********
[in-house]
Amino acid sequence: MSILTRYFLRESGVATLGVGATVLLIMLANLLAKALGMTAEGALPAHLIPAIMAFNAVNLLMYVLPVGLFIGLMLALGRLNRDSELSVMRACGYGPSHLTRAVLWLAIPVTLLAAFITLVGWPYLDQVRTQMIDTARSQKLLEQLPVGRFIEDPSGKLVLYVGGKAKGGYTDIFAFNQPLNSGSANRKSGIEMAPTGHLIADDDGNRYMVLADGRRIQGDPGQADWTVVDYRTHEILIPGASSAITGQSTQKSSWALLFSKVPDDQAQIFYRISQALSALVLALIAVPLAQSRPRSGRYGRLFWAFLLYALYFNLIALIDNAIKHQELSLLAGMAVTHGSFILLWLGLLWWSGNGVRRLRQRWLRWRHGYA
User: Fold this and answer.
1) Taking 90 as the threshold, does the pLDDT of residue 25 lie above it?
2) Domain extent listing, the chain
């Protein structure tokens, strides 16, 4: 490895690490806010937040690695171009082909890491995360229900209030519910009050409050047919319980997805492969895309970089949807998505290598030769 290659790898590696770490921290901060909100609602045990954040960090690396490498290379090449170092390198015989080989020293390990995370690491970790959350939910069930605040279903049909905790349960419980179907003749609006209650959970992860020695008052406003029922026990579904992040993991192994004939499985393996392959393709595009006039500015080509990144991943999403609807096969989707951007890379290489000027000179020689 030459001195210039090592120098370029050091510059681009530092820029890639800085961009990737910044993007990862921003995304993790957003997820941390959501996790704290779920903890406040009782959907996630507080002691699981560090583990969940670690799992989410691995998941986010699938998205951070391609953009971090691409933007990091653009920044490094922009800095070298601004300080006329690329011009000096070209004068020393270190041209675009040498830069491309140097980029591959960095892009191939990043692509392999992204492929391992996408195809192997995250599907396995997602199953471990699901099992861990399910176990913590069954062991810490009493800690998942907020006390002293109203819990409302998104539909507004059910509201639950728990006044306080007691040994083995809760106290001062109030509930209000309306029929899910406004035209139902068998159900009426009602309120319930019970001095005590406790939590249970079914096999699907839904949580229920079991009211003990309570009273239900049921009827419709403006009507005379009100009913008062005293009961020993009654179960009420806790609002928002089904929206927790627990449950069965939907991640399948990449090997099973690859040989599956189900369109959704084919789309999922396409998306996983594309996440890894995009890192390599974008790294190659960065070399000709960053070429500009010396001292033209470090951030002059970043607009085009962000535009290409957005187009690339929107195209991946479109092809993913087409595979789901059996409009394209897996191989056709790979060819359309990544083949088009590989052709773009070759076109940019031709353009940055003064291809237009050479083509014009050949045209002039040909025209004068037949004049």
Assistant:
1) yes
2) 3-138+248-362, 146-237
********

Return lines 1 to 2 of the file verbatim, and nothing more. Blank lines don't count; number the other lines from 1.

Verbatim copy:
[in-house]
Amino acid sequence: MSILTRYFLRESGVATLGVGATVLLIMLANLLAKALGMTAEGALPAHLIPAIMAFNAVNLLMYVLPVGLFIGLMLALGRLNRDSELSVMRACGYGPSHLTRAVLWLAIPVTLLAAFITLVGWPYLDQVRTQMIDTARSQKLLEQLPVGRFIEDPSGKLVLYVGGKAKGGYTDIFAFNQPLNSGSANRKSGIEMAPTGHLIADDDGNRYMVLADGRRIQGDPGQADWTVVDYRTHEILIPGASSAITGQSTQKSSWALLFSKVPDDQAQIFYRISQALSALVLALIAVPLAQSRPRSGRYGRLFWAFLLYALYFNLIALIDNAIKHQELSLLAGMAVTHGSFILLWLGLLWWSGNGVRRLRQRWLRWRHGYA